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Naming The Victim
I'm against the notion that it's somehow more shameful to be a rape victim than, say, a victim of a mugging. I actually don't find either shameful, and, in fact, I think hiding the name of a rape victim helps perpetuate the notion that being raped is shameful, but I'm godless and, of course, churchless.

I understand that some rape victims, especially because of the religion or culture they're raised in, feel an enormous sense of shame. But, then, the policy of not naming rape victims in the paper -- while we name victims of every other sort of crime -- allows those who make false accusations of rape a convenient shield. (Personally, I'm of the mind that false accusers of rape, when proved to be so, should be sentenced to the same time the accused would likely have done.)

Perhaps on the way to rethinking the naming the victim issue, the Raleigh News & Observer recently printed the name -- and photograph -- of a rape victim, with that victim's permission, and I think that's a good start. Here's the piece about it, by N&O staff writer Ted Vaden:

The News & Observer does not normally disclose the identity of victims in sex crimes, except with their permission. In this case, Cynthia Morton consented to her name and picture being published in a story on the trial of the man accused of assaulting her 14 years ago. The rapist, Vincent Tan Hall, pleaded guilty.

Morton today is a nurse who helps rape victims, and several readers were moved to comment on her courage -- and on The N&O's policy of not naming accusers.

"I understand the confidentiality policy of The N&O and other media sources, but I think it is great when a victim has the courage to stand up and speak out about what happened to them with confidence and without shame," wrote Raleigh lawyer Sandra A. Good. "Because only the rapist should be ashamed."

In the wake of the Duke lacrosse case, the policy of not identifying sex crime accusers is under review at The N&O. An internal committee is looking at issues such as whether accusers should be identified or, if not, whether the accused also should be shielded.

There is a good bit of sentiment both within the paper and outside for identifying accusers, out of fairness to the accused who routinely are identified when charged. Other arguments: Newspapers are in the business of providing information, not withholding it, and shielding victims contributes to the social stigma attached to sexual assault cases.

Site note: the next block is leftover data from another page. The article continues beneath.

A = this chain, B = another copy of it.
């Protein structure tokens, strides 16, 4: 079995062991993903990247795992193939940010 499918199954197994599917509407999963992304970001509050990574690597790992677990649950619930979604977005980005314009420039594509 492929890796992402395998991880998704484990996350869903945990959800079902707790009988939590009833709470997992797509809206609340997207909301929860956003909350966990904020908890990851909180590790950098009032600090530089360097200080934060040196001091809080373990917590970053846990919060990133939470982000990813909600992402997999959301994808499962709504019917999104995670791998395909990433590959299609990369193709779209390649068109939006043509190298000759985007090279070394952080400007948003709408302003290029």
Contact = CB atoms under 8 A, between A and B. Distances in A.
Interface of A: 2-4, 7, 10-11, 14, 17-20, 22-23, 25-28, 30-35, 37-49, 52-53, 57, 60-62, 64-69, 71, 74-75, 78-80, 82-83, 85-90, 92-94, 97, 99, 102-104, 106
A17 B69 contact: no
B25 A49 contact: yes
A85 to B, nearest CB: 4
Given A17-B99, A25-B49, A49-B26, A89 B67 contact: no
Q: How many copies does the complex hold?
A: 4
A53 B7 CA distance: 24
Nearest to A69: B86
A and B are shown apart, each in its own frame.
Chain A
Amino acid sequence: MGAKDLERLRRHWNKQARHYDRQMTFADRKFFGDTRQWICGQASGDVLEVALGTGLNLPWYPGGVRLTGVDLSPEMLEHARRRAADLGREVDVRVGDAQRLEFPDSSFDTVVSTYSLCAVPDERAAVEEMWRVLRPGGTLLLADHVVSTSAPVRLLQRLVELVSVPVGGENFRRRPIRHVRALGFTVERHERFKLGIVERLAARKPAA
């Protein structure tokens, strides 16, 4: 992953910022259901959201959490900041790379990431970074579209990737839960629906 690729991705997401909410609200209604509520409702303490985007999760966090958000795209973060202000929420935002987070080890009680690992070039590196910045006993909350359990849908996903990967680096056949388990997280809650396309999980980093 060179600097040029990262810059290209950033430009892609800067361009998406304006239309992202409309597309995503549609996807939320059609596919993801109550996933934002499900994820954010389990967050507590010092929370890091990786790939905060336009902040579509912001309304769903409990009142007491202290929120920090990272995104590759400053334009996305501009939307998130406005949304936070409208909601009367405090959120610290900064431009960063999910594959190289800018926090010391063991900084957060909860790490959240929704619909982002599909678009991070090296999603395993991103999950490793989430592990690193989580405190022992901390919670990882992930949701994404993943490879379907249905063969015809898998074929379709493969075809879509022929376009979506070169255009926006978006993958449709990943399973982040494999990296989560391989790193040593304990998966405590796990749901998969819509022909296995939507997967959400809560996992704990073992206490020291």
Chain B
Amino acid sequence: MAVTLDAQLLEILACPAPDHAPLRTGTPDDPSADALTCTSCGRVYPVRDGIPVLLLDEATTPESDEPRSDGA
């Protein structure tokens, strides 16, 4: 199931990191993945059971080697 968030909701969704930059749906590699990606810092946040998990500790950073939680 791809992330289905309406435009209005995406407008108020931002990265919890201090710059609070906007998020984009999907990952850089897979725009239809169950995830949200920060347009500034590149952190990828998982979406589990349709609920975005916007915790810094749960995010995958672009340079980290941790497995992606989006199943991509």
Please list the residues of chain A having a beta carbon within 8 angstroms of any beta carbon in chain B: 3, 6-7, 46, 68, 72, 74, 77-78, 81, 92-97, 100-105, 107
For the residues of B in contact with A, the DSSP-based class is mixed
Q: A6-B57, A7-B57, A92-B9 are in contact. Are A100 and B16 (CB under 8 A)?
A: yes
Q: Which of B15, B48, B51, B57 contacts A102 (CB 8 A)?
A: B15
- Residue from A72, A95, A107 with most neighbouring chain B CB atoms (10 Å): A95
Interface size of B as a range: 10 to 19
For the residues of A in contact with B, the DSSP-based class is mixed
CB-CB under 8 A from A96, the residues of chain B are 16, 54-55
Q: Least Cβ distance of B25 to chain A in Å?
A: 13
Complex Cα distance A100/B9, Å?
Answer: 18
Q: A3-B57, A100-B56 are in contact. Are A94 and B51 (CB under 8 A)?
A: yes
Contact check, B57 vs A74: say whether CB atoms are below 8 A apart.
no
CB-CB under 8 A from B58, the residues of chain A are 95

"We have an awareness that by shielding women in that way, you perpetuate the stigma," said Sarah Avery, the editor heading the internal review. "But we also know that the stigma does exist" and that many victims don't have the fortitude of a Cynthia Morton to put themselves in the public eye.

Jim Woodall, district attorney for Orange and Chatham counties, told me that identifying accusers would have a chilling effect on victims' willingness to pursue charges. "Over the years, I have known so many, both women and men, who would tell me they did not want to go forward in a case because they did not want to let people know what happened to them, because of the stigma attached."

The other side of the issue is whether, if the accuser is shielded, it's fair to identify the accused. That problem was highlighted on a national scale by the Duke case, but I'm more troubled by a less heralded case recently in the news.

Last month, Woodall dropped charges against five high-school-age boys in Chapel Hill who had been charged with raping a teenage girl. The district attorney said there were too many inconsistencies in the evidence to go to trial.

Here's what bothers me: When the young men were charged, The N&O identified them but, in keeping with its policy, did not identify the accuser. The paper also ran a photo of the youths being led out of a courtroom in shackles and jail jumpsuits.

Some readers complained to me at the time that the picture was unduly harsh on five teenagers (they are all 17 or 18). My response was that it's routine for newspapers to run photos of suspects arrested in crimes. Why should we show favoritism to these five?

But now that the case has been dropped, I wonder. They've been cleared of the charges, but the publicity attendant to their arrest adheres to five young lives. The N&O ran several stories reporting on charges in the case (in fairness, one story led off with the father of one of the accused teenagers saying his son was not guilty). Meanwhile, the accuser remains anonymous.

Avery, The N&O editor, says her committee considered whether in sexual assault cases the names of the accused, as well as accusers, should be shielded. But that's a slippery slope, she said, that could lead to not identifying people charged in any crimes. "If you extend the exemption to rape defendants, then you have to extend it to all defendants," she said.